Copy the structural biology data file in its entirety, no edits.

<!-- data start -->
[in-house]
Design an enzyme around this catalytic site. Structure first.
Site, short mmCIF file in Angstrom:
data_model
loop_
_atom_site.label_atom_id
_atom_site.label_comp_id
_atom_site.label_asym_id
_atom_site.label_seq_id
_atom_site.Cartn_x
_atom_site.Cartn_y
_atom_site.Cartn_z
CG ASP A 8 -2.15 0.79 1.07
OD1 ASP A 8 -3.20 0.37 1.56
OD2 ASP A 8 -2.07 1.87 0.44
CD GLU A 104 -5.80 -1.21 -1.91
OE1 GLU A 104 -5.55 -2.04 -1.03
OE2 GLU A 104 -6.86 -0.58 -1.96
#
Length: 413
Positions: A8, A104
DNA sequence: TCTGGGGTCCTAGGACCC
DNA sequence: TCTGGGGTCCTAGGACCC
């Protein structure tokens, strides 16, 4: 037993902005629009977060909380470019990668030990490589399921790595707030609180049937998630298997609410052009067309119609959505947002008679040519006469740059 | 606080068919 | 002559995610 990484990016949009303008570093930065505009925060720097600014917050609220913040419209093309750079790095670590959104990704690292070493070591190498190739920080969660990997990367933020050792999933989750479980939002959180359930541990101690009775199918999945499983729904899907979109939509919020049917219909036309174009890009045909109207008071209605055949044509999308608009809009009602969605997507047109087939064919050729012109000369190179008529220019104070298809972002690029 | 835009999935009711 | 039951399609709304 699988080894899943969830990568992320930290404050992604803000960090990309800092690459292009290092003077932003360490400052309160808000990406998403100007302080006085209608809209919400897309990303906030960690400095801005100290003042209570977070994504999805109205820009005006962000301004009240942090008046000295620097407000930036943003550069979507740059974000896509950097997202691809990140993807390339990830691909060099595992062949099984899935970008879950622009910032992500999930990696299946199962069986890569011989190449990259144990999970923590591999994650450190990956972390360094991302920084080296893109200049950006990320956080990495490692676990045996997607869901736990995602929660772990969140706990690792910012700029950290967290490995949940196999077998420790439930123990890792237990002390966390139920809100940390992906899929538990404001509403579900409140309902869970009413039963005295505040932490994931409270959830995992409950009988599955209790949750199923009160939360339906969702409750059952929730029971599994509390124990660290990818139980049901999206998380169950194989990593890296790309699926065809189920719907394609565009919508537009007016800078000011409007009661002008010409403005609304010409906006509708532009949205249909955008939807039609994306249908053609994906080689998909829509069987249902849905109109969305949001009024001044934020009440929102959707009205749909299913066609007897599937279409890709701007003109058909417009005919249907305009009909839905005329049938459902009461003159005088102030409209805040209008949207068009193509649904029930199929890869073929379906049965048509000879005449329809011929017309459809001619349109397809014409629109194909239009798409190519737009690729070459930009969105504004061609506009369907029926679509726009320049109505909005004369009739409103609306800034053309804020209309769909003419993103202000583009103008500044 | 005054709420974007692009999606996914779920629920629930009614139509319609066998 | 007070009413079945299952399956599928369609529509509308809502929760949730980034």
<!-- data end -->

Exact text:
[in-house]
Design an enzyme around this catalytic site. Structure first.
Site, short mmCIF file in Angstrom:
data_model
loop_
_atom_site.label_atom_id
_atom_site.label_comp_id
_atom_site.label_asym_id
_atom_site.label_seq_id
_atom_site.Cartn_x
_atom_site.Cartn_y
_atom_site.Cartn_z
CG ASP A 8 -2.15 0.79 1.07
OD1 ASP A 8 -3.20 0.37 1.56
OD2 ASP A 8 -2.07 1.87 0.44
CD GLU A 104 -5.80 -1.21 -1.91
OE1 GLU A 104 -5.55 -2.04 -1.03
OE2 GLU A 104 -6.86 -0.58 -1.96
#
Length: 413
Positions: A8, A104
DNA sequence: TCTGGGGTCCTAGGACCC
DNA sequence: TCTGGGGTCCTAGGACCC
């Protein structure tokens, strides 16, 4: 037993902005629009977060909380470019990668030990490589399921790595707030609180049937998630298997609410052009067309119609959505947002008679040519006469740059 | 606080068919 | 002559995610 990484990016949009303008570093930065505009925060720097600014917050609220913040419209093309750079790095670590959104990704690292070493070591190498190739920080969660990997990367933020050792999933989750479980939002959180359930541990101690009775199918999945499983729904899907979109939509919020049917219909036309174009890009045909109207008071209605055949044509999308608009809009009602969605997507047109087939064919050729012109000369190179008529220019104070298809972002690029 | 835009999935009711 | 039951399609709304 699988080894899943969830990568992320930290404050992604803000960090990309800092690459292009290092003077932003360490400052309160808000990406998403100007302080006085209608809209919400897309990303906030960690400095801005100290003042209570977070994504999805109205820009005006962000301004009240942090008046000295620097407000930036943003550069979507740059974000896509950097997202691809990140993807390339990830691909060099595992062949099984899935970008879950622009910032992500999930990696299946199962069986890569011989190449990259144990999970923590591999994650450190990956972390360094991302920084080296893109200049950006990320956080990495490692676990045996997607869901736990995602929660772990969140706990690792910012700029950290967290490995949940196999077998420790439930123990890792237990002390966390139920809100940390992906899929538990404001509403579900409140309902869970009413039963005295505040932490994931409270959830995992409950009988599955209790949750199923009160939360339906969702409750059952929730029971599994509390124990660290990818139980049901999206998380169950194989990593890296790309699926065809189920719907394609565009919508537009007016800078000011409007009661002008010409403005609304010409906006509708532009949205249909955008939807039609994306249908053609994906080689998909829509069987249902849905109109969305949001009024001044934020009440929102959707009205749909299913066609007897599937279409890709701007003109058909417009005919249907305009009909839905005329049938459902009461003159005088102030409209805040209008949207068009193509649904029930199929890869073929379906049965048509000879005449329809011929017309459809001619349109397809014409629109194909239009798409190519737009690729070459930009969105504004061609506009369907029926679509726009320049109505909005004369009739409103609306800034053309804020209309769909003419993103202000583009103008500044 | 005054709420974007692009999606996914779920629920629930009614139509319609066998 | 007070009413079945299952399956599928369609529509509308809502929760949730980034």